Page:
I think one of the questions I dislike the most is when I am asked “What is your favorite type of music?” While most people think this is a surface level question, it got me thinking, what kind of music DO I really like? I didn’t want to just say I just loved R&B, because I also really love listening to Pop and Electronic music, but then again, I’m constantly listening to Rap as well… So, I found myself answering the question with an answer that I feel as though most people respond with: “a little bit of everything.”

You may have heard this phrase thrown around in the past couple of years, or maybe you haven’t, and that phrase is Genre-Bending. What is Genre-Bending, you might ask? Let me break it down for you. Genre-bending pretty much sounds like its name: it is the process of blending two or more different music genres, allowing for artists to step outside the traditional box of singular genres. What we used to classify as solely rap can now be a combination of rap, pop, and rock. What used to be considered strictly country can now be country, pop, and rap. The combinations are endless and the list goes on. 

Think back about 10 years ago. Artists were categorized into restrictive boxes, where their music was simply reflective of the genre they participated in. Rappers were rappers, and pop artists were pop artists. The concept of genre-bending was not explored, and instead, artists were criticized for stepping outside of what their listeners were used to. One of the most prime examples of an artist breaking away from her traditional genre was Taylor Swift. Taylor was labeled at the start of her career as a classic country sweetheart. She solely put out country albums and songs, scoring her first Billboard No. 1 at 16 years old with “Our Song.” After releasing 2 more country albums, she then released her album RED in 2012. While I’m sure Taylor was ecstatic about being able to explore a different side of music, she was met with extreme criticism for the transition in her career.  She was ridiculed for this change in her career, as listeners were far more comfortable if she had just kept with country songs.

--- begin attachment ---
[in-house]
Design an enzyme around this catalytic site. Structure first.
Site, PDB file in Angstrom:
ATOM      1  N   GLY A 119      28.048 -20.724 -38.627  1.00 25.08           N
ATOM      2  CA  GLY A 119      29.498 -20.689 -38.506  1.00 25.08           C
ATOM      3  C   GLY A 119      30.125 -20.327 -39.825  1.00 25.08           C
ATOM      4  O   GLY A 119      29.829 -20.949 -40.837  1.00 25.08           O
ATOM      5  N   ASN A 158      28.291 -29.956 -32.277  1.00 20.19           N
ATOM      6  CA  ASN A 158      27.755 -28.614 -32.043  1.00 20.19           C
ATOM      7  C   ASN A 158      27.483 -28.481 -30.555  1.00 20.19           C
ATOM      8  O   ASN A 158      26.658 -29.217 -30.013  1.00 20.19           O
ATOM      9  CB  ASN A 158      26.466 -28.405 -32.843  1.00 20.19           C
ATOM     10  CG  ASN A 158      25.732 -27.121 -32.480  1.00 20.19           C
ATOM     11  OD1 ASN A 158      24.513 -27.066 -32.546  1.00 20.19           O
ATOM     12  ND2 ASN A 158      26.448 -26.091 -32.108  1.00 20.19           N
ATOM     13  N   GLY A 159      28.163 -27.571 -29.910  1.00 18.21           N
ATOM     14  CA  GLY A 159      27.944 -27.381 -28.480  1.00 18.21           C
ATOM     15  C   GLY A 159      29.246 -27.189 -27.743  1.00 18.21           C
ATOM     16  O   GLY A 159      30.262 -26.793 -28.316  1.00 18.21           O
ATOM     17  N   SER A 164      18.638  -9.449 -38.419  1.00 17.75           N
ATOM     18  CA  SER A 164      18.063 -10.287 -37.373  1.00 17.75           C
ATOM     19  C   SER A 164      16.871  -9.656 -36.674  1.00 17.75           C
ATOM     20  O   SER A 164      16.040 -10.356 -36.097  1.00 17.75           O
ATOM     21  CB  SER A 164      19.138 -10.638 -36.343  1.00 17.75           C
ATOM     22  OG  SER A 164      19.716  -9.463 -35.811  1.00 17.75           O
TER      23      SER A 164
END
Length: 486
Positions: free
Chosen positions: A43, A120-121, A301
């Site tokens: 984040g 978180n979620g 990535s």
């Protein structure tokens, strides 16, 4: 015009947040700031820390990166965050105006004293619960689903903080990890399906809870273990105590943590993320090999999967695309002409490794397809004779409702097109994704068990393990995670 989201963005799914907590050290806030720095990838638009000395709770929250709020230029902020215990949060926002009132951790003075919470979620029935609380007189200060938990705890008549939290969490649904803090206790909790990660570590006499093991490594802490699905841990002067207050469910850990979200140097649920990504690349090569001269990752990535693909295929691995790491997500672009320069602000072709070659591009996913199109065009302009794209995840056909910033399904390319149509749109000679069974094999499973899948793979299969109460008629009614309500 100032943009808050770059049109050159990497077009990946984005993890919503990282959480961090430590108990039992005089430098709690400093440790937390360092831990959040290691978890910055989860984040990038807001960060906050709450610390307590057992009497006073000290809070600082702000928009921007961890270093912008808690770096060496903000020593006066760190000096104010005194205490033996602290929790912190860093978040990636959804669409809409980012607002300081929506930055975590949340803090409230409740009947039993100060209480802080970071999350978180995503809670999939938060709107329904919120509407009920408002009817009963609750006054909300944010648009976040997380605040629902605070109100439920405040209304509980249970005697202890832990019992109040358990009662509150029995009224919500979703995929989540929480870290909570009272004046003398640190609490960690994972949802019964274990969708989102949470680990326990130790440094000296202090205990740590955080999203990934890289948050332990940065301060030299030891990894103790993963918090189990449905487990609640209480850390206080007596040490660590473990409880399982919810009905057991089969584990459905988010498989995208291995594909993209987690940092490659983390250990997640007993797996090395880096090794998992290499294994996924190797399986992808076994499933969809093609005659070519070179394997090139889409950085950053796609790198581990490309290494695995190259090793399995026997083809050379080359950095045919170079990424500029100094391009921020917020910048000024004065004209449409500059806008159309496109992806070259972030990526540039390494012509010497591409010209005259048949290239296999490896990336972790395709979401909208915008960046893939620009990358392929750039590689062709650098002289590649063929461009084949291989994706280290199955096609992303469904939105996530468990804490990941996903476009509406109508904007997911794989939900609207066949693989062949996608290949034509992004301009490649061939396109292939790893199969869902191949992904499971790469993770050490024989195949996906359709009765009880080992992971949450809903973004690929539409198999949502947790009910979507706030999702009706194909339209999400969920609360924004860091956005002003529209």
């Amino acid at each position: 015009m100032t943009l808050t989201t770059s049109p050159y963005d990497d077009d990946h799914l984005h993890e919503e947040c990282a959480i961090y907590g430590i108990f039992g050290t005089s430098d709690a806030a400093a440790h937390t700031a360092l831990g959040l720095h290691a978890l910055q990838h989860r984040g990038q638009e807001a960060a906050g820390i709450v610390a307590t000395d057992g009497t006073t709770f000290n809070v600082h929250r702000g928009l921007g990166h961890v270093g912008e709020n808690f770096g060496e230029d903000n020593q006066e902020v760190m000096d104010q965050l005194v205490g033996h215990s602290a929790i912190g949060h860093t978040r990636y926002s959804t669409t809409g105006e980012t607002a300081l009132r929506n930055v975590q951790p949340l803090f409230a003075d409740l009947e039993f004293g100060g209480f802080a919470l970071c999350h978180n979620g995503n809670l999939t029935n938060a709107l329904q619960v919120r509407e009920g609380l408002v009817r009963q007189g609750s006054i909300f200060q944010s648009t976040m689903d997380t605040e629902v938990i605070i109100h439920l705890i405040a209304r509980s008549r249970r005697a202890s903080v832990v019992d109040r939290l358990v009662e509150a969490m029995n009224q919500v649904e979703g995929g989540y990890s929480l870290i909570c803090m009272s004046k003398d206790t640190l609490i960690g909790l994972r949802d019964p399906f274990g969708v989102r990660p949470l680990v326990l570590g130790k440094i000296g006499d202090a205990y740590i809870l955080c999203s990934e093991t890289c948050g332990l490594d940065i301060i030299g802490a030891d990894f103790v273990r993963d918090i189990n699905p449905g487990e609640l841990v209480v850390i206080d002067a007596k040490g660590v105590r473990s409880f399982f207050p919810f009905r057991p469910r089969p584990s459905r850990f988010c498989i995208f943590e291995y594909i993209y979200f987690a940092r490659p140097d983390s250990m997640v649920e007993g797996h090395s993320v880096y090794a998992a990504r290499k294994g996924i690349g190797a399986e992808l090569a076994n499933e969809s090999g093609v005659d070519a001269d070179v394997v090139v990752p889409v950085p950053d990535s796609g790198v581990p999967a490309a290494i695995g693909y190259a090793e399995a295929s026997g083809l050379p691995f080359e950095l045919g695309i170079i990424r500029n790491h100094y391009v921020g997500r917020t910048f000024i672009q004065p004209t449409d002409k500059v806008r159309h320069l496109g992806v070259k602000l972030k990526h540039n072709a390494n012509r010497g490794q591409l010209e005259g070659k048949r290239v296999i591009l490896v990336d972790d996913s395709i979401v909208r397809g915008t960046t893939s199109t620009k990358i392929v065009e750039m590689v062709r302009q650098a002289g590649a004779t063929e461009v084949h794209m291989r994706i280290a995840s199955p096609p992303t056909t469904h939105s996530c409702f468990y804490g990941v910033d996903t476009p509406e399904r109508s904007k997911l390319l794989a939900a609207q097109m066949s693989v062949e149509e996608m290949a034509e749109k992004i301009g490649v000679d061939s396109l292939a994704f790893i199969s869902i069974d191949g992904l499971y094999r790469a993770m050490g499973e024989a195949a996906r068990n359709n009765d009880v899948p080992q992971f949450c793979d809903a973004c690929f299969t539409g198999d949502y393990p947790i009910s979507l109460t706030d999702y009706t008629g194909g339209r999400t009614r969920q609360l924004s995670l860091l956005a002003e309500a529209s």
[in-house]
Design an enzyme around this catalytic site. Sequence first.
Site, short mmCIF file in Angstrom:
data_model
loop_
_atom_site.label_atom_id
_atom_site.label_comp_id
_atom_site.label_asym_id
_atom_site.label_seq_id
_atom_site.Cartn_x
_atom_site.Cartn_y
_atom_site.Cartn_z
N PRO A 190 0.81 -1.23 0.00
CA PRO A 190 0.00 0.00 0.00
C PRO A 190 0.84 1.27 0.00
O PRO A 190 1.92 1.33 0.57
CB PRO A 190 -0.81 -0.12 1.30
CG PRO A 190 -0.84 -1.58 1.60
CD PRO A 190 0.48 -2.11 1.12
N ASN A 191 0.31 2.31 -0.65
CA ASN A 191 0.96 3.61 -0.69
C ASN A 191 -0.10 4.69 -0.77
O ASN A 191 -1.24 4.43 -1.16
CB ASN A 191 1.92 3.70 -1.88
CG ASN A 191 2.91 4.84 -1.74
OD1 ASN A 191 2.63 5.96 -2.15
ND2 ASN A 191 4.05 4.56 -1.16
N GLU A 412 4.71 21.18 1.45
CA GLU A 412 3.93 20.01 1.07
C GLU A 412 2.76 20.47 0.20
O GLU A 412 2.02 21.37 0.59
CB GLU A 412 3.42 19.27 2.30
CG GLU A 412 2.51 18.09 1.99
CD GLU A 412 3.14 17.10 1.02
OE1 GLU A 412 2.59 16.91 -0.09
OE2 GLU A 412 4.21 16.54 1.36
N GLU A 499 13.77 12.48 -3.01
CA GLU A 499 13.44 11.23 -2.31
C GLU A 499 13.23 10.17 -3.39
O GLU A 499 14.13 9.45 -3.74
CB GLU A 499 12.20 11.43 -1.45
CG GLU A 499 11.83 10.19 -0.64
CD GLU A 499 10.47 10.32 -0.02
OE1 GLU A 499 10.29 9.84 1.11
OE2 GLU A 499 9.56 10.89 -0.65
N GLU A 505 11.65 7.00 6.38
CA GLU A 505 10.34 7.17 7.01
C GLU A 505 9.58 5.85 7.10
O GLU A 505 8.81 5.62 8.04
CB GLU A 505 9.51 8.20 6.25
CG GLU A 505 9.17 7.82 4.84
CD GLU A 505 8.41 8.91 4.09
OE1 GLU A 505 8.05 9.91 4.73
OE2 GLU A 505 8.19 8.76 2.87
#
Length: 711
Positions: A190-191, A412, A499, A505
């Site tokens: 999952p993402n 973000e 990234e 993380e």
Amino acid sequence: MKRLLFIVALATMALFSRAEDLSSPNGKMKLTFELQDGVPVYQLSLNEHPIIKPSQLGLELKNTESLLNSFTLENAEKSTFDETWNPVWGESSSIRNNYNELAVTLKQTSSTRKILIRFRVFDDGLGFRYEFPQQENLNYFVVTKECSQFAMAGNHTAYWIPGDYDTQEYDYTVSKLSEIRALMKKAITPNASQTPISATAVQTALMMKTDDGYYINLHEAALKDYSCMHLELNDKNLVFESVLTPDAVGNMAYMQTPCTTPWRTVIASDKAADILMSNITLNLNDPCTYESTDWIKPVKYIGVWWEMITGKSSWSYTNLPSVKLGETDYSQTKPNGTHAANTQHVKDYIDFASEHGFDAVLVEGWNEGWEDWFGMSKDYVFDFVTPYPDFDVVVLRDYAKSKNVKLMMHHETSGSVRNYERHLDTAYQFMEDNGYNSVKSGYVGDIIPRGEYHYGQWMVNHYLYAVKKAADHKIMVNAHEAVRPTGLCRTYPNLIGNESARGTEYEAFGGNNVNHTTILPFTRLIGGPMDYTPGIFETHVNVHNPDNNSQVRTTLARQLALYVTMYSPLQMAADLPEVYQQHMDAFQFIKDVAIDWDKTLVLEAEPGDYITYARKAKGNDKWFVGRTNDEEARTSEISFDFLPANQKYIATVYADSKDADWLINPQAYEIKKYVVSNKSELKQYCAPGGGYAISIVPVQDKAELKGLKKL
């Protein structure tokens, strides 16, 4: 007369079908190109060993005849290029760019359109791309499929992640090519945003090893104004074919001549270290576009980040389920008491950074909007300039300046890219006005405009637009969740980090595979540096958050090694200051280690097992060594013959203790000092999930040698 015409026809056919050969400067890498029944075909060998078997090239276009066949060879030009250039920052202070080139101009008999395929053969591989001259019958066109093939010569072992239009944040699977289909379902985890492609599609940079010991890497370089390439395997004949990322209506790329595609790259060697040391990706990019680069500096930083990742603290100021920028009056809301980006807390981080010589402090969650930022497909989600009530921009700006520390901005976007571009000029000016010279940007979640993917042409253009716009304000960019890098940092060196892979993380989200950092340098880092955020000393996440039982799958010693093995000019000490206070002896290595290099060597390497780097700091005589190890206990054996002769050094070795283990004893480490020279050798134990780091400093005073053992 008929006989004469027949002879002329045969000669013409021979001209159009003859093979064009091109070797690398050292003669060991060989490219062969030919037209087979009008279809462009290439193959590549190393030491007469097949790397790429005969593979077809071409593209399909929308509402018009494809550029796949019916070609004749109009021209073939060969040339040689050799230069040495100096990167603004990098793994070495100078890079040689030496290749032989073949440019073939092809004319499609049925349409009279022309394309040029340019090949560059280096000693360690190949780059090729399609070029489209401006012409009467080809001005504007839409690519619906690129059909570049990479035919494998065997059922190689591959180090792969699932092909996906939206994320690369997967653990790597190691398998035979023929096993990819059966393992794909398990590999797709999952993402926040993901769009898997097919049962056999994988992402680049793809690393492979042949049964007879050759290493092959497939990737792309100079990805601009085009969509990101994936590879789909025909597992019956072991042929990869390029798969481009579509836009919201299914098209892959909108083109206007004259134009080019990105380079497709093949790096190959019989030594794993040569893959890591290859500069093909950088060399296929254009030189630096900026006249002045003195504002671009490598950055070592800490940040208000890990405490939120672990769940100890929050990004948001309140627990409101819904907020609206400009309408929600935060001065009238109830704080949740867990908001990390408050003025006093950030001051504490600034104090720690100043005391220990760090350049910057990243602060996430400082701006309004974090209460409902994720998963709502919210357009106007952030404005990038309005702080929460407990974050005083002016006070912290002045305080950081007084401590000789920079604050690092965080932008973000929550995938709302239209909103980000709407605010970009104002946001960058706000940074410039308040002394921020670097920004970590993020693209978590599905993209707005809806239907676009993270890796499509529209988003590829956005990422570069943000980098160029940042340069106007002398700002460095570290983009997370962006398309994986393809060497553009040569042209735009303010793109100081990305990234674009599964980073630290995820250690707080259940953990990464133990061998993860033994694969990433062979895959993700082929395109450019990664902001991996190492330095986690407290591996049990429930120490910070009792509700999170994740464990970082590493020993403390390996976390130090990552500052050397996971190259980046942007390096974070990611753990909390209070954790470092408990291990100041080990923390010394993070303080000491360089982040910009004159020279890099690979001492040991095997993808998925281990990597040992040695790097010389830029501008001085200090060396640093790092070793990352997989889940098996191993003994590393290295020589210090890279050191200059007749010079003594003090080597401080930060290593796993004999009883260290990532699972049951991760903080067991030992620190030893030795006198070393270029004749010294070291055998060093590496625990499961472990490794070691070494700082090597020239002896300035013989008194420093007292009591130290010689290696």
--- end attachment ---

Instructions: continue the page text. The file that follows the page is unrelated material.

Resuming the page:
Now, in 2020, I bet that no one even really thinks too long and hard about sonic consistencies; rather, we look for consistency in artists’ performance, passion, and artistic integrity. Showing respect for your work and putting out genuinely good music that people want to listen to is what has become commendable. There are no longer such strong barriers surrounding music genres. The idea that artists have to fit into one genre has completely flown out the window, but I doubt many people have noticed this transformation in music; not because we aren’t paying attention, but because we have evolved into accepting that good music is good music, no matter the genre.